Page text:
• Tonsillitis: Tonsillitis is inflammation in the tonsils, which are the two lymph nodes located on either side of the back of the throat. Common symptoms of tonsillitis are sore throat, difficulty swallowing, fever, swollen glands in the neck, bad breath (halitosis) and choking in sleep. In rare cases, tonsillitis can cause choking during sleep if the tonsils become so swollen that they block the airway. However, this is not common, and most cases of tonsillitis do not lead to choking during sleep.
  • Anxiety or panic attacks: Stress, anxiety, or panic attacks can cause the muscles in the throat to tighten, making it difficult to breathe properly and leading to choking or gasping during sleep. Anxiety can also cause hyperventilation, a condition where a person breathes too quickly or deeply, leading to a feeling of suffocation or choking. If you have untreated Sleep Apnoea, anxiety can worsen the condition, heightening the risk of breathing pauses and choking in sleep. Related article: How stress causes Sleep Apnoea.
  • Pneumonia: Pneumonia is a lung infection caused by bacteria, viruses, or fungi. Symptoms of pneumonia include cough, fever, shortness of breath, chest pain, fatigue, and sometimes chills and sweating. While pneumonia and choking in sleep are not directly related, there is a potential connection between the two. People with Sleep Apnoea may be at a higher risk of developing pneumonia because interrupted breathing can allow bacteria to accumulate in the lungs. Additionally, people with pneumonia may be at a higher risk of choking in their sleep because of the respiratory distress caused by the infection.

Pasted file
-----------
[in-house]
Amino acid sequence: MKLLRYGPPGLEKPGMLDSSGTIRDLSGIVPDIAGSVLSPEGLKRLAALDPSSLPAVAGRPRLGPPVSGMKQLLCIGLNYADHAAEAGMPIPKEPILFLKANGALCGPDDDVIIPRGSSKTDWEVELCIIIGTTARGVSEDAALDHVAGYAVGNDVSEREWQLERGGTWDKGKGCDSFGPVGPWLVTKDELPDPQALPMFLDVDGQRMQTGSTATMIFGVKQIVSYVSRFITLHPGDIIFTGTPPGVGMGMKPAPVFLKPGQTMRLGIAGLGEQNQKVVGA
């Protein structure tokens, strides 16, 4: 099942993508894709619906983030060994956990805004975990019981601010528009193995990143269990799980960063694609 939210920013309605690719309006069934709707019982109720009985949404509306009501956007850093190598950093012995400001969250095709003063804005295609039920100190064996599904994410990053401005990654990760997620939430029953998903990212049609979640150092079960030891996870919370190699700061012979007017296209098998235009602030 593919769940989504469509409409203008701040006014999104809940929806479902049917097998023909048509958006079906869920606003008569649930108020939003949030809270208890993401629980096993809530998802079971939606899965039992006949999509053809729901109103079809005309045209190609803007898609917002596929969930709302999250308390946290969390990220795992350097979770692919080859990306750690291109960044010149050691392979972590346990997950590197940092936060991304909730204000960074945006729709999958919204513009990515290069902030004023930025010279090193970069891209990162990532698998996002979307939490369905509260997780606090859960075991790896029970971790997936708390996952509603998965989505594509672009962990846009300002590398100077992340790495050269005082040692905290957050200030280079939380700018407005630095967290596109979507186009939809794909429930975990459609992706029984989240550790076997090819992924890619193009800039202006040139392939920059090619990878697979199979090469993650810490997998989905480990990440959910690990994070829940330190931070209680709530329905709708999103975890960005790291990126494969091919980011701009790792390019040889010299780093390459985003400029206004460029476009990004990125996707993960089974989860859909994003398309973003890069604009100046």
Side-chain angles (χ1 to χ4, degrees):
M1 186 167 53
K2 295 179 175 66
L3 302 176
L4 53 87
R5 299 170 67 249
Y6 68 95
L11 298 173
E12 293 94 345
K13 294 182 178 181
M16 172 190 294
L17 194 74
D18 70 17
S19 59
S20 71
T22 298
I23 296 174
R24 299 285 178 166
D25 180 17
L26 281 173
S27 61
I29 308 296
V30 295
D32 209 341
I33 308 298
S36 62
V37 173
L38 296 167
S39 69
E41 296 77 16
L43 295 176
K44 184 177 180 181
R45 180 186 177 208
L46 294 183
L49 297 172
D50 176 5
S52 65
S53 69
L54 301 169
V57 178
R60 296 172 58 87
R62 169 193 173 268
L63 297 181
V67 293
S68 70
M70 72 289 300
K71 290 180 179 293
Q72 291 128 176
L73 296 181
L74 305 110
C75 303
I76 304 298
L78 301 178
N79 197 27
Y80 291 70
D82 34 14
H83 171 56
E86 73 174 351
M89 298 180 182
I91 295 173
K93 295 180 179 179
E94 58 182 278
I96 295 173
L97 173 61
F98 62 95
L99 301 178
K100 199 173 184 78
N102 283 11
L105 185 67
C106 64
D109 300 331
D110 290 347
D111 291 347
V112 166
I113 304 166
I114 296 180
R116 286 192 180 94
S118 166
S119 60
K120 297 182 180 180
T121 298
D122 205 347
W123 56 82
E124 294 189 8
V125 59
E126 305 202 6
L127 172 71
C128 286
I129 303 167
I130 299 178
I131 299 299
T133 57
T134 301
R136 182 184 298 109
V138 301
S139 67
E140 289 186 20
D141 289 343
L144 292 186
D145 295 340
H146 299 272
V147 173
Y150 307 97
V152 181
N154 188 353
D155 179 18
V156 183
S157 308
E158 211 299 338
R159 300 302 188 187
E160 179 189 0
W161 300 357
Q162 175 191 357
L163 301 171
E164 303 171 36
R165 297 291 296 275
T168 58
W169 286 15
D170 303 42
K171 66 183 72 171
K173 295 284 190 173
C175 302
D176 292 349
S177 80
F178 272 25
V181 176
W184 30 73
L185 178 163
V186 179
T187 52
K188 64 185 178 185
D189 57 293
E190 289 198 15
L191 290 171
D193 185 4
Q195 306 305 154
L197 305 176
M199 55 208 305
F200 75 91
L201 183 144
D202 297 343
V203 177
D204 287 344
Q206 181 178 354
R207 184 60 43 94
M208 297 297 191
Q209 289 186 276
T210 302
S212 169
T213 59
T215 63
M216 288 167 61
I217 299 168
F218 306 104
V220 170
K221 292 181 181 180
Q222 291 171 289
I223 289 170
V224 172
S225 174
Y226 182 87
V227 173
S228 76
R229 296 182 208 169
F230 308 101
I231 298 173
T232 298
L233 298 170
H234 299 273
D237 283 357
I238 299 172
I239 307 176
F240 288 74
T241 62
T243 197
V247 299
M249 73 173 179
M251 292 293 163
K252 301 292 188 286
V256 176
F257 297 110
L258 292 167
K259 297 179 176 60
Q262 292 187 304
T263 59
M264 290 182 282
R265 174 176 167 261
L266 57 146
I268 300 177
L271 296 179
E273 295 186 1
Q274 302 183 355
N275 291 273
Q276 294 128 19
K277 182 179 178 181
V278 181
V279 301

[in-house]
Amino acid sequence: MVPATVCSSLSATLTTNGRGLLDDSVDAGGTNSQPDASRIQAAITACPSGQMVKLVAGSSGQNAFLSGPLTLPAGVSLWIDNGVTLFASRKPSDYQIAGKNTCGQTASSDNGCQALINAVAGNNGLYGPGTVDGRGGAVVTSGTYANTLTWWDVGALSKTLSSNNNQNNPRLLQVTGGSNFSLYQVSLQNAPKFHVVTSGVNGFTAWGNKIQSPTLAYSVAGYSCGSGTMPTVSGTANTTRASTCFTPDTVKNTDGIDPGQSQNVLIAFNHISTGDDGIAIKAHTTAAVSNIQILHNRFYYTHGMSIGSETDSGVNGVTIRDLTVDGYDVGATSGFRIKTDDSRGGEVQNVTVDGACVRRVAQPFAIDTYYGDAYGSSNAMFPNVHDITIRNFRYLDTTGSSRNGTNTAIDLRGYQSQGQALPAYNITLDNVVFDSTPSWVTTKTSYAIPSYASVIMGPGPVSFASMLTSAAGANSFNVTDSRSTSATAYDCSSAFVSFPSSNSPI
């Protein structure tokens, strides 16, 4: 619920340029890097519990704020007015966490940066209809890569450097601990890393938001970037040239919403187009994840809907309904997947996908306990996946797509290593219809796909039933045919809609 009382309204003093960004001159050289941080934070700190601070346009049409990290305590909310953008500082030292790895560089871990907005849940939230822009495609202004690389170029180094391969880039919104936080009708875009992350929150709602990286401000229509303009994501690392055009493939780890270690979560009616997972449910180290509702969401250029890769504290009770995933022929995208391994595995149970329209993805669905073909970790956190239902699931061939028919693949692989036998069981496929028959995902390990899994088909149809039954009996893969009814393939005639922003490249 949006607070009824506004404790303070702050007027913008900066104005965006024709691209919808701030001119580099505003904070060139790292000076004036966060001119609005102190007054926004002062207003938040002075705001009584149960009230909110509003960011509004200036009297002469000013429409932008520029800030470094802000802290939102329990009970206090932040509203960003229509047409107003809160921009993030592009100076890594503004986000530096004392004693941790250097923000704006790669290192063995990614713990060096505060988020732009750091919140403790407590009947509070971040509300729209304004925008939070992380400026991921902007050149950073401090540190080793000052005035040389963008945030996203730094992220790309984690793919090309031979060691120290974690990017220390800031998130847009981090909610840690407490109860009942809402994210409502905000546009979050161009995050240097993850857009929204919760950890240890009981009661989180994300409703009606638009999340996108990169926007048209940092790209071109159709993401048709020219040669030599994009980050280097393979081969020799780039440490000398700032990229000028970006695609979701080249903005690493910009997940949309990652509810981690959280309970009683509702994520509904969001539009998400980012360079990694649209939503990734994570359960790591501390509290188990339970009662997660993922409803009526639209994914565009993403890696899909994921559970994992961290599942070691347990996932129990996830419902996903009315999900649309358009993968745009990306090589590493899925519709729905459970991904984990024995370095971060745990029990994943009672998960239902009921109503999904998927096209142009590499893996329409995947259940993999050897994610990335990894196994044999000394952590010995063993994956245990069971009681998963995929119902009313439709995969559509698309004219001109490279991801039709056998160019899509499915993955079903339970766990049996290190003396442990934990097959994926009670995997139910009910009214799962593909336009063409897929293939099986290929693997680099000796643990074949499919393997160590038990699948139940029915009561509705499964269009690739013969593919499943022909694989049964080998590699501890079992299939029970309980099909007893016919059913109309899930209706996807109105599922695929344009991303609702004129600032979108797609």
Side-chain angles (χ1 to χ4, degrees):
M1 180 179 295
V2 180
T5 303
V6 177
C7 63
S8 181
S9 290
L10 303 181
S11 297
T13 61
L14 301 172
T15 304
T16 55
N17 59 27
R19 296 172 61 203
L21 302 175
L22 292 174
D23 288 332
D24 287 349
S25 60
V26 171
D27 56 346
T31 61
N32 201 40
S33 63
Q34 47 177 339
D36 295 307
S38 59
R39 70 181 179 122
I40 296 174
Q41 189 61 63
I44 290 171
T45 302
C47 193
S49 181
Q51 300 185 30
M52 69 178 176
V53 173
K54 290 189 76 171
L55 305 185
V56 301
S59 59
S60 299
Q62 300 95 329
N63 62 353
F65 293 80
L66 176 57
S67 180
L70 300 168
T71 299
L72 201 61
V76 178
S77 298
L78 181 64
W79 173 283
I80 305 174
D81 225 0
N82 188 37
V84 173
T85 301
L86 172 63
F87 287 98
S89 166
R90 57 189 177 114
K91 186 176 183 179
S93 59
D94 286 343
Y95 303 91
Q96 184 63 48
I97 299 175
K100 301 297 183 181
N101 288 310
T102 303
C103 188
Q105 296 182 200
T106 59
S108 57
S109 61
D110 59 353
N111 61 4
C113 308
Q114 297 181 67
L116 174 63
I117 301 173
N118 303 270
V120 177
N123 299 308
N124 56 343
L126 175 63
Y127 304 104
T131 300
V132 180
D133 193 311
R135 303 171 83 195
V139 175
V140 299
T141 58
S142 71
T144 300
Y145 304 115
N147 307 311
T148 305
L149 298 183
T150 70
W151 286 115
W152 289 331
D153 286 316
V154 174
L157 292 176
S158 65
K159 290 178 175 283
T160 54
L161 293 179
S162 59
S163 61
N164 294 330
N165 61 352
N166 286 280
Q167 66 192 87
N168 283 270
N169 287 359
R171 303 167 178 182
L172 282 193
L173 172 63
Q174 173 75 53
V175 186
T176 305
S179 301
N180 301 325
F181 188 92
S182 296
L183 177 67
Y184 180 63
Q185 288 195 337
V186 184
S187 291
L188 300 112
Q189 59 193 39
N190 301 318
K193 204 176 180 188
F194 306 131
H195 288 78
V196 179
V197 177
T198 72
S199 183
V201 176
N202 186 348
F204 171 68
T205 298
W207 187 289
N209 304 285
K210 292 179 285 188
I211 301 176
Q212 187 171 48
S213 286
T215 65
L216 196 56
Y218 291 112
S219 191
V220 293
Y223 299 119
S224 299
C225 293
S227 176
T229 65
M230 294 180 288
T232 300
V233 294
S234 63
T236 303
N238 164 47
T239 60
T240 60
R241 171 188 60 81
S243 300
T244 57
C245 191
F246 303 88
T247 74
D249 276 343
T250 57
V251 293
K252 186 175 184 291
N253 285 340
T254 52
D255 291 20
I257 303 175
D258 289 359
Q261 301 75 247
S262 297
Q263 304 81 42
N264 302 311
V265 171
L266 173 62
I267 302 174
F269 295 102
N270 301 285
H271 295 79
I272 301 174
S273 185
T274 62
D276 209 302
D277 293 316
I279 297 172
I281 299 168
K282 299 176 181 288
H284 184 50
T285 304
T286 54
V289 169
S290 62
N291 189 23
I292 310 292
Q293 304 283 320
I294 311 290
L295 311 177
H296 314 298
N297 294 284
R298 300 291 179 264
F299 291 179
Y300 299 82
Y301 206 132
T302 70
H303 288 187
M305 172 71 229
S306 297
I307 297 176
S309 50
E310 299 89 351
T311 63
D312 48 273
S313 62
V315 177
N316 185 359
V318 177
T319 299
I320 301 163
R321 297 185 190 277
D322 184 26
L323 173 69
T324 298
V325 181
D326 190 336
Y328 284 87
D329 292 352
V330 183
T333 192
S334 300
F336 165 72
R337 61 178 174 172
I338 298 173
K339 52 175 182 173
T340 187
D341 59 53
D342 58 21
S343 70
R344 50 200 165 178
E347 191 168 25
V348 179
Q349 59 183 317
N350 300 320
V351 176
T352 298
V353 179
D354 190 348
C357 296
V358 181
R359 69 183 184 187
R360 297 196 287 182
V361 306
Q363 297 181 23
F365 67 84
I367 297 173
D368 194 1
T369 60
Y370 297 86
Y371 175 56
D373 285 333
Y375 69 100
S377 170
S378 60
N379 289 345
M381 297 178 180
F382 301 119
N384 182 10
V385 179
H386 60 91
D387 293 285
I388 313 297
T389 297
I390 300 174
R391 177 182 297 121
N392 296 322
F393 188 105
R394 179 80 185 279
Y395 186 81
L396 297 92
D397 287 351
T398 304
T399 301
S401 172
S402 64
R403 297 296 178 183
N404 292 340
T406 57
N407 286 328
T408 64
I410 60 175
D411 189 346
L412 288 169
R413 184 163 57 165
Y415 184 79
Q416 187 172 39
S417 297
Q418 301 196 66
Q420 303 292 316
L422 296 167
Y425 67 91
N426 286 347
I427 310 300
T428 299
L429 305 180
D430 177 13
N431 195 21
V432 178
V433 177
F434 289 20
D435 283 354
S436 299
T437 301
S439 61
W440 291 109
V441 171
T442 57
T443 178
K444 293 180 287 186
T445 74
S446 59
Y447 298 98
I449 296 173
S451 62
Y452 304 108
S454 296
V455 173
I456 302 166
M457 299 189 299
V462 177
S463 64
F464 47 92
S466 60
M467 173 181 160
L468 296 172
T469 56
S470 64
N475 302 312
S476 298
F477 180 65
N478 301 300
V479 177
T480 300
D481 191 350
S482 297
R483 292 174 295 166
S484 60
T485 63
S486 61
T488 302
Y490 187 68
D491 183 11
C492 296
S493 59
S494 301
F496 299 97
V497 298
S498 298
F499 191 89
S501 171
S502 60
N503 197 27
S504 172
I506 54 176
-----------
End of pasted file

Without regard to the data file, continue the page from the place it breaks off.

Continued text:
• Epilepsy: Epilepsy is a neurological disorder that affects the brain’s ability to transmit electrical impulses, leading to seizures. Epilepsy seizures can cause you to wake up gasping or feeling like you are choking in sleep.
  • Neuromuscular Disorders: Certain neurological conditions can affect the muscles responsible for breathing and swallowing, making people more susceptible to choking during sleep. Examples include muscular dystrophy and Amyotrophic Lateral Sclerosis (ALS).

Sleep Apnoea is the most common cause of choking in sleep. You should visit your healthcare provider or take our free online Sleep Apnoea risk test if you experience choking or gasping during sleep regularly. Leaving your condition untreated can lead to the development of other health complications.